# Analysis of Undergraduate Physics Student’s Perception of Angular Momentum in Quantum Mechanics at the University of Zambia

## Main Article Content

## Abstract

This study aimed at investigating the problems students face in understanding the concepts of angular momentum in classical and quantum mechanics, finding an effective way of improving understanding and learning the concepts of angular momentum in quantum mechanics, lastly document the challenges investigated and suggest some solutions to help students understand angular momentum in both classical and quantum mechanics. This study summarizes a series of investigations into how undergraduate Physics students perceive angular momentum in quantum mechanics at the University of Zambia. We investigated undergraduate physics student's perception of angular momentum in quantum mechanics by administering written questions (open-ended) to two different groups of classes. Out of these investigations we developed a Quantum Interactive Learning Tutorials (Q_{u} I L T_{s}) and peer instruction tools to assist the students build up a considerable knowledge structure of quantum mechanics in general and angular momentum in specific, through a guided approach technique [1]. Eleven questions were administered to a group of N = 15 students, statistics for answered questions are as follows; question one 4 out of 15 representing a percentage of 26.67%, question two only 6 out of 15 student representing 40%, question three 11 out of 15 representing a percentage of 73.33%, for question four only 1 out of 15 representing a percentage of 6.67%, question five none of the students answered, question six only 1 out of 15 students representing a percentage of 6.67% managed to answer, question seven 1 out of 15 representing a percentage of 6.67% managed to answer, question eight 11 out of 15 representing a percentage of 73.33 % got the correct answer, question nine 6 out of 15 representing a percentage 40% got the right answer, question ten only three students making a percentage of 20% answered correctly, question eleven no student managed to get it right. Preliminary results show that the undergraduate physics students perception of quantum mechanics is improved after using the research-based learning tools in the lower class level quantum mechanics courses [1]. We also build up a common conceptual survey that can help lecturers better investigate undergraduate physics students understand the concept of angular momentum in particular and quantum mechanics courses in general.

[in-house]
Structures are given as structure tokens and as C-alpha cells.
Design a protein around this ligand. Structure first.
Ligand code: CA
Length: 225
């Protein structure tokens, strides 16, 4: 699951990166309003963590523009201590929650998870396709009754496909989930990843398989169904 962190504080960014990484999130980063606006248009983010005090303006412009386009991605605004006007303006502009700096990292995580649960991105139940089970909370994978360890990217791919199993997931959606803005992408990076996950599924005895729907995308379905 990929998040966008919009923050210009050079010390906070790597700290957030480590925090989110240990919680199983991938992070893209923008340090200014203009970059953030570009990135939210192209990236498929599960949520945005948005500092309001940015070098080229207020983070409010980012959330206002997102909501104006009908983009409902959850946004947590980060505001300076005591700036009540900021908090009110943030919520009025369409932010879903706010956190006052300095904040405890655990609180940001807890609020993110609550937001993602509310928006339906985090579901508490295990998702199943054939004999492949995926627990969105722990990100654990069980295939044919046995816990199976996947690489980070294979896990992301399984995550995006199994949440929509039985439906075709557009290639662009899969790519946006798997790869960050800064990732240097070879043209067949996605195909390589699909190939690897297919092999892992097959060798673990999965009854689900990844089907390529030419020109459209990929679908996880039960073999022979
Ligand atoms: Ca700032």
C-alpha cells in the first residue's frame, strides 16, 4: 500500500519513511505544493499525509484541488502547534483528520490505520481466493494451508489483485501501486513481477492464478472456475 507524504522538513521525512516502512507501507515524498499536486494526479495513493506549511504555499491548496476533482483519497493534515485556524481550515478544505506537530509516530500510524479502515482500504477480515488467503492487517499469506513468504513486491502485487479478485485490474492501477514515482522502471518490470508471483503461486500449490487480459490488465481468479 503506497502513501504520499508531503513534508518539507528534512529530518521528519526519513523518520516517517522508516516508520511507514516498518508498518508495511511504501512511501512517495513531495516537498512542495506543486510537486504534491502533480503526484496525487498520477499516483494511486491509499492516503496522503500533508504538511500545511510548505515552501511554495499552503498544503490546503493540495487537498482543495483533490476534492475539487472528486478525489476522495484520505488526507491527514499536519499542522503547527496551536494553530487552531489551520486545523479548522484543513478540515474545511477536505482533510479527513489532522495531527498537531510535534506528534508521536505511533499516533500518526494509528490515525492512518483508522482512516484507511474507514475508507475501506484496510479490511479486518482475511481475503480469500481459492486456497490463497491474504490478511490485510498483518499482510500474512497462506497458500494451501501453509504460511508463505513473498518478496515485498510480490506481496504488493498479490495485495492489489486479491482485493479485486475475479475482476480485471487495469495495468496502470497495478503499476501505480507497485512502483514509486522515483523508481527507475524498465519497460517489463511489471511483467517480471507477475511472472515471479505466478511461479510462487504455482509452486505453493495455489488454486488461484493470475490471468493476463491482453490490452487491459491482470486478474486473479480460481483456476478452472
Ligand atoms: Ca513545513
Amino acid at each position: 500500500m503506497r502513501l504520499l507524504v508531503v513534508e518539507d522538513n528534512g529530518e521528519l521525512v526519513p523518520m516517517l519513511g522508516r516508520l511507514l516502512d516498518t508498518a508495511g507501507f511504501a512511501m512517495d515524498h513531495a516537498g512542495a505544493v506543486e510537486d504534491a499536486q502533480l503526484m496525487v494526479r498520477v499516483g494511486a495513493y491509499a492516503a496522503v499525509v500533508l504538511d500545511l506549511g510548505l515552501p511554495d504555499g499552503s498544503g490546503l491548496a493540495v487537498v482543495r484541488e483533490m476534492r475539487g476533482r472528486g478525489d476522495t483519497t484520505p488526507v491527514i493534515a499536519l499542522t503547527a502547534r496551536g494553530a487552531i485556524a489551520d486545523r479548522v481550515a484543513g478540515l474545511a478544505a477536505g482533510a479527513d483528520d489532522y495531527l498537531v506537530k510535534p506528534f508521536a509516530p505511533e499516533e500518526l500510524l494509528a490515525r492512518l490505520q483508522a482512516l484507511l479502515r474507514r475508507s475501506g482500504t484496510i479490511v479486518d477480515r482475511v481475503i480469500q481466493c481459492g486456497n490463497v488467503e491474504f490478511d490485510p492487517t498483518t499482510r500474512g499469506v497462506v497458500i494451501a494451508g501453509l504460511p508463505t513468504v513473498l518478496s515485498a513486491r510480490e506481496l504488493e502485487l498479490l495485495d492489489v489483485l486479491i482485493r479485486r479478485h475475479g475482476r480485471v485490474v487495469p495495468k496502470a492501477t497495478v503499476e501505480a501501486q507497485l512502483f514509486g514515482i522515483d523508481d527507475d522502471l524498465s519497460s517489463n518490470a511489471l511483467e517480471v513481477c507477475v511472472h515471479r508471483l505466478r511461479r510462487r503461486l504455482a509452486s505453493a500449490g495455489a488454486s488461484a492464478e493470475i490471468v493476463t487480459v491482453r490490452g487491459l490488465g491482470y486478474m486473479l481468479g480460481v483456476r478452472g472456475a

## Article Details

*Journal of Education, Society and Behavioural Science*,

*25*(4), 1-17. https://doi.org/10.9734/JESBS/2018/40980